MLS avoided its first work stoppage ever after agreeing to an amended collective bargaining agreement with its players association.
The league originally set plans to sign a revised CBA in December, but concerns regarding player salary and agreement length pushed things back. Reaching an agreement and avoiding a lockout ahead of the 2021 season was paramount.
Without billion-dollar television deals, MLS relies heavily on revenue generated from the game-day experience. ESPN, Fox Sports and Univision pay around $90 million combined for MLS rights annually.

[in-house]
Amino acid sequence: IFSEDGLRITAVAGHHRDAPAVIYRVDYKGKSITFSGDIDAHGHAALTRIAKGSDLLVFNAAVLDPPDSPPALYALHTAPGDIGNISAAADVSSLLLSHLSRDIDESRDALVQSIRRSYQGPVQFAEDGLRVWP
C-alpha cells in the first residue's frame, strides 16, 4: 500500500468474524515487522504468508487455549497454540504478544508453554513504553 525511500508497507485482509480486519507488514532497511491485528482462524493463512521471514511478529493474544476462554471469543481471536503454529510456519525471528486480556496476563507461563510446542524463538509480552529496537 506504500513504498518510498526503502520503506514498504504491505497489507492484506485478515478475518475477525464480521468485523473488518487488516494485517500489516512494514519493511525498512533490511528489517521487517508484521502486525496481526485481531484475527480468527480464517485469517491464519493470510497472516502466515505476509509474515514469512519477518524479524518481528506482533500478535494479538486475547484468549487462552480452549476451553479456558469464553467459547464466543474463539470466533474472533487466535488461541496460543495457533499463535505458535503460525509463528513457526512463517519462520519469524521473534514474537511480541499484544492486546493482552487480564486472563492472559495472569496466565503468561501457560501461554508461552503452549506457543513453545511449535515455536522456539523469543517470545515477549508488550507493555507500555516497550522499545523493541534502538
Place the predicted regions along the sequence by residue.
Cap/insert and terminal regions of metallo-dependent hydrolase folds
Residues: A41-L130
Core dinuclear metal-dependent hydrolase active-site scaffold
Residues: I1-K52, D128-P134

- Under the new CBA, players will receive a smaller portion of national TV revenue when the league cuts a new deal in 2023, but gain somewhat friendlier free agent conditions starting in the 2026 season. They will also not take salary cuts in 2021.
- Players agreed to extend the CBA by two years, through 2027.
MLS training camps are set to begin in late February, with the regular season kicking off in April, but the dates could still be pushed back.